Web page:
These subtle inconsistencies make it much easier to misremember how cards function—as game designers, we generally want to set our players up for success, not created trap doors to mistakes. And these subtle inconsistencies are all over Kaldheim. Priest of the Haunted Edge checks your snow lands, Spirit of the Aldergard checks your snow permanents, and Frost Augur checks all snow cards (even though the similar Search for Glory and The Three Seasons only grab permanents). Add in the sheer amount of mechanics and mini-mechanics like second-spell-matters or exile-a-creature-card-from-graveyard and you reach a disproportionate cognitive load simply because of how much the mind needs to juggle.

All of this is less of a problem in a pandemic-imposed all-digital world where Arena maintains the game state. But Kaldheim could well cross a line for paper Magic. And if so, we won’t see that problem clearly for several more sets, delaying Wizards’ ability to course-correct.

Doubling Up on Effect

Aegar, the Freezing Flame and Vega, the Watcher are a strange pair in the same set. They’re both three-mana creatures that encourage you to build around them and provide the exact same payoff. But where Aegar has three separate abilities, Vega has one. Vega is a more traditional build-around, since it adds value to less powerful Foretell spells rather than specifically supercharging Behold the Multiverse and Demon Bolt. Aegar, on the other hand, lets you eat your cake and have it too—since he can draw cards by himself just by getting into combat.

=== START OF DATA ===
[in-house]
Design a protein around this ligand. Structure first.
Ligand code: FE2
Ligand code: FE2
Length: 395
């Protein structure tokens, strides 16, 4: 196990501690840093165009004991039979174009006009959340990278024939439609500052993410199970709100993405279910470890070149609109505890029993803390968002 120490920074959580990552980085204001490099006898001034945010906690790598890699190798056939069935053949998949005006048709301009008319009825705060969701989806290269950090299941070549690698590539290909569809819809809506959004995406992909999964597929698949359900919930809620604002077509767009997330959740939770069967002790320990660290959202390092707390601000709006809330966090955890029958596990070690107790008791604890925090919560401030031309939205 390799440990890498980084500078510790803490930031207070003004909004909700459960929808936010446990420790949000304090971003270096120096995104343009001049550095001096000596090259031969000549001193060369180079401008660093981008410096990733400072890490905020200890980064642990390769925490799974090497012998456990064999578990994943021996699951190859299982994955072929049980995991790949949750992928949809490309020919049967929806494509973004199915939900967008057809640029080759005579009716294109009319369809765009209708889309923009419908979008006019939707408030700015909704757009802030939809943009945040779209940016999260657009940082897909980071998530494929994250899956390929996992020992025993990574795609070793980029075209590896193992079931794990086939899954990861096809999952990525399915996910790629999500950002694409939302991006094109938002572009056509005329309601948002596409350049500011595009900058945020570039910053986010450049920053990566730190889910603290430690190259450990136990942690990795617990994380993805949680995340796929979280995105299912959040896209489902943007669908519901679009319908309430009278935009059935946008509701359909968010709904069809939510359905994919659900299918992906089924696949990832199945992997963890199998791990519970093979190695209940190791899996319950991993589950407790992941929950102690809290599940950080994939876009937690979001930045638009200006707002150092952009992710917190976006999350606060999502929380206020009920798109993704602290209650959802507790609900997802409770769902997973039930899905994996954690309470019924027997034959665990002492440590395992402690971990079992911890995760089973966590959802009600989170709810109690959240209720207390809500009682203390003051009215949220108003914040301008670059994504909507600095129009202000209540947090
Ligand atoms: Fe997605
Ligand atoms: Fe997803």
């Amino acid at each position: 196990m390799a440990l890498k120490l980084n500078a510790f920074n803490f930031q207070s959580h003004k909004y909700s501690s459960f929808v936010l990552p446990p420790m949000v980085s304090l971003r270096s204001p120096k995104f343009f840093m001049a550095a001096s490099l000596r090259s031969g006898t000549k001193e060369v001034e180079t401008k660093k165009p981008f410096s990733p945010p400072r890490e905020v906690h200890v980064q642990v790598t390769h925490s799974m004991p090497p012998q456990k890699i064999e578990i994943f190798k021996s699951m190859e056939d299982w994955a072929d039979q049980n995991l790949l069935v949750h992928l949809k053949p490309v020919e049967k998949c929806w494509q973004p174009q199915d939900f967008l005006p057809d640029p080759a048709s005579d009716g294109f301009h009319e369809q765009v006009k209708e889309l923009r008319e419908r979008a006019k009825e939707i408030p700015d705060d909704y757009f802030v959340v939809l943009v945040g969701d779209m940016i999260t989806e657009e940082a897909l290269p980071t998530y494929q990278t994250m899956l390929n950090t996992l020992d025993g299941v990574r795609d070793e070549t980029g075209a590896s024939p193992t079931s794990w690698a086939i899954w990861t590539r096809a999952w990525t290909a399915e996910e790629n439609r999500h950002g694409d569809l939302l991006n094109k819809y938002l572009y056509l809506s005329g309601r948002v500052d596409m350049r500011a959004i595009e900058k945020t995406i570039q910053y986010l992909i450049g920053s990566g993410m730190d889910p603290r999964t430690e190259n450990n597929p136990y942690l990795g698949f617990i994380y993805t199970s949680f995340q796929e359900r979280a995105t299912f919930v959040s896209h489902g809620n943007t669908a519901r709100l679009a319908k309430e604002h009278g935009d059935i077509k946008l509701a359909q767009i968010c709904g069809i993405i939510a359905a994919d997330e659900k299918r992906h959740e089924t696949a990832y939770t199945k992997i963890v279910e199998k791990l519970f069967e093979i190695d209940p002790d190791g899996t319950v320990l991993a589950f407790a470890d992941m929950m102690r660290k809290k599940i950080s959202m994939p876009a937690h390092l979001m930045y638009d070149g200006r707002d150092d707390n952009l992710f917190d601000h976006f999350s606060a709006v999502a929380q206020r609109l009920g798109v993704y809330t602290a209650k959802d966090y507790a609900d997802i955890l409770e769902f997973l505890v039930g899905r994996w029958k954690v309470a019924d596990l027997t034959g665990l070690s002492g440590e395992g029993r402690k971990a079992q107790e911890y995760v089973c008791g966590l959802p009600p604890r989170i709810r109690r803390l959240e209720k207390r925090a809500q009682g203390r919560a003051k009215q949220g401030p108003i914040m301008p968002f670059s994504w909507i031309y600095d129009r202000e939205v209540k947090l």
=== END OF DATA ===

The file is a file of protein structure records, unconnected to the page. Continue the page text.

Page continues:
Vega looks a little silly next to a creature with stronger stats, a better creature type, and an equally powerful ability that triggers off three different things and also self-synergizes. I’m not sure what an appropriate alternative (and likely weaker) payoff for Aegar could be, but I can’t help but wonder what he’d be if he said “Scry 1” instead of “draw a card.”

Aegar, the Freezing Flame feels like a microcosm of my main criticism of Kaldheim as a whole. There is a whole lot of good in the individual card, but it’s not cohesive with its environment. Changeling is a great mechanic, but it’s an odd fit in a hardly-tribal set. Snow instant is a cool card type, but Frost Bite is a strange design when it being snow only matters for a single card. Exile-a-creature-card-from-your-graveyard is a cool cut mechanic that’s on almost double the number of supporting cards for WB’s second-spell-matters theme.

Aegar is a complicated and multifaceted card in a complicated and multifaceted set. Perhaps Magic’s audience can handle that increased cognitive load; but as a game designer, I worry. Kaldheim has four or five really cool mechanics that should’ve been saved for a future set, plus about twenty cards that should’ve been streamlined for a better play experience rather than remain as strong and wordy as they are. As they say: no line is worth a scene, nor is any scene worth a movie. And Kaldheim seems to have a lot of great individual lines that don’t serve the whole as fully as they could.

Zachary Barash is a New York City-based game designer and the commissioner of Team Draft League. He designs for Kingdom Death: Monster, has a Game Design MFA from the NYU Game Center, and does freelance game design. When the stars align, he streams Magic (but the stars align way less often than he’d like).